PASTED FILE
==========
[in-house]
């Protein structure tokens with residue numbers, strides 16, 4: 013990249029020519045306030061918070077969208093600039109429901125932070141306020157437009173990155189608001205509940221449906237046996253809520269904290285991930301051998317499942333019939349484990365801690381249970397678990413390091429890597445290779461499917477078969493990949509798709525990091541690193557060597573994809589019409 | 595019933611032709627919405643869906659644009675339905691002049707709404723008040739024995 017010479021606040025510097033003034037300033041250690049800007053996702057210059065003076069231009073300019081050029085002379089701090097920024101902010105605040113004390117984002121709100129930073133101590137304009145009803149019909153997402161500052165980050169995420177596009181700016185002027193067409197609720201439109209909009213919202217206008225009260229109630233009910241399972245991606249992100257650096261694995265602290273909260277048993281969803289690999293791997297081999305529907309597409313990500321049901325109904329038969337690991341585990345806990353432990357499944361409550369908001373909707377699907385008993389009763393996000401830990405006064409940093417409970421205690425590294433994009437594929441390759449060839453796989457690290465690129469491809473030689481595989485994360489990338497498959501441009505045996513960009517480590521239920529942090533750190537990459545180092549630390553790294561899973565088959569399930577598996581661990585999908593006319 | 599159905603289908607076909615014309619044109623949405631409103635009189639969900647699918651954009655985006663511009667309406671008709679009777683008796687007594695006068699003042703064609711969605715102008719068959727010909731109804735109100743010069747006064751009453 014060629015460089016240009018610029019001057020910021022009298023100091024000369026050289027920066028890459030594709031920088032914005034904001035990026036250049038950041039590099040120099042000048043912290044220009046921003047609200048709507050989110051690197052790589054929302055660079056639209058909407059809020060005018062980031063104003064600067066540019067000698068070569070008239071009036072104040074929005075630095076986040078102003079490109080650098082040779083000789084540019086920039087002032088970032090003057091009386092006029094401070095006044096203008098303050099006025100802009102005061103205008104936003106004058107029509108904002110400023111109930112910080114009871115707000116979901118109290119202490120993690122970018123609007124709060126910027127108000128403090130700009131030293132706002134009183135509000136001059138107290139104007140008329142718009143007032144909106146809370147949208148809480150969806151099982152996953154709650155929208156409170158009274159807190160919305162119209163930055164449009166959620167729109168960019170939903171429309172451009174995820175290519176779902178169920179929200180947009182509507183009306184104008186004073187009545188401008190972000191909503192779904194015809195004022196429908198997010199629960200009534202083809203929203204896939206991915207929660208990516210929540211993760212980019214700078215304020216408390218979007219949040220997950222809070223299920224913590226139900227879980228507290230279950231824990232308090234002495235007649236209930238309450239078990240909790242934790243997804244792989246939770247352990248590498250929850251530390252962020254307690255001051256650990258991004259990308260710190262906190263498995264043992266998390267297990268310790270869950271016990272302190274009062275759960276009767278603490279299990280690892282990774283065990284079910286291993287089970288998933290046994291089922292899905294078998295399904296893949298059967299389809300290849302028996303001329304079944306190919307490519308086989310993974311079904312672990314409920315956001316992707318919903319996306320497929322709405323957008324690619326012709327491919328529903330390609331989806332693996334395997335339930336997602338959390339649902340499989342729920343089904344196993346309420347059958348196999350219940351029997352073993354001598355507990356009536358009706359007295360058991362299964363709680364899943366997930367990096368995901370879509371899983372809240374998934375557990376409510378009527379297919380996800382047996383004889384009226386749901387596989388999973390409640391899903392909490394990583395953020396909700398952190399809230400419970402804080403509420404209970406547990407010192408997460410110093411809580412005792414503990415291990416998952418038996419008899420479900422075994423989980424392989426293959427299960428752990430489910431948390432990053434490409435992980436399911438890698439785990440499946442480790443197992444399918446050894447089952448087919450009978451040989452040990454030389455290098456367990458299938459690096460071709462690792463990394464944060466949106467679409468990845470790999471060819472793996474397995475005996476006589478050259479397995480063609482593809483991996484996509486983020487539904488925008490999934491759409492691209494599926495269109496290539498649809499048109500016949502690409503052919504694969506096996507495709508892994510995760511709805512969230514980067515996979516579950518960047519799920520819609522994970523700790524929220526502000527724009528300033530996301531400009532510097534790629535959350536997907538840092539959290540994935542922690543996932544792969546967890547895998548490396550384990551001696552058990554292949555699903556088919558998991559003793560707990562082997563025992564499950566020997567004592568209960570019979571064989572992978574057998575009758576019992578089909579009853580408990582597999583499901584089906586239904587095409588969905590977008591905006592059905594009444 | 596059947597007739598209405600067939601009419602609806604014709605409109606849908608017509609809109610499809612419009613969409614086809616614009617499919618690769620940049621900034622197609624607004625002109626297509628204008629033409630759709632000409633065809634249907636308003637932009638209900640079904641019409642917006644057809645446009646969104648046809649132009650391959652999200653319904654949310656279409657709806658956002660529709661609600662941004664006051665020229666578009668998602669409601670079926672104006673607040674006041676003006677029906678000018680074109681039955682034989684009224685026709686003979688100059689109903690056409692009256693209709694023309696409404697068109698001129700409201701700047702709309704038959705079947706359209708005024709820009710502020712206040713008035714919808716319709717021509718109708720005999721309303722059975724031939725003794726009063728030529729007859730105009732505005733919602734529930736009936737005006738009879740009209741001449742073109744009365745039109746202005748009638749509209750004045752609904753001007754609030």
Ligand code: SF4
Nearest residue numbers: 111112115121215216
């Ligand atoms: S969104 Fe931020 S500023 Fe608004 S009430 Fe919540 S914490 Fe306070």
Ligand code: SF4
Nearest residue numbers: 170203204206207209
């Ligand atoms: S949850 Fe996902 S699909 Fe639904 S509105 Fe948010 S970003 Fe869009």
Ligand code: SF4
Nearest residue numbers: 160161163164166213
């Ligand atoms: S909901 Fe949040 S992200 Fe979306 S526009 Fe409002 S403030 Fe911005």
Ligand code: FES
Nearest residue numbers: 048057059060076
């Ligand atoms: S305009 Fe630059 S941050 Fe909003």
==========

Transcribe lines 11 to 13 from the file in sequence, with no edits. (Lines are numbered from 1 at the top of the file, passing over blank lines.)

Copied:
């Ligand atoms: S909901 Fe949040 S992200 Fe979306 S526009 Fe409002 S403030 Fe911005």
Ligand code: FES
Nearest residue numbers: 048057059060076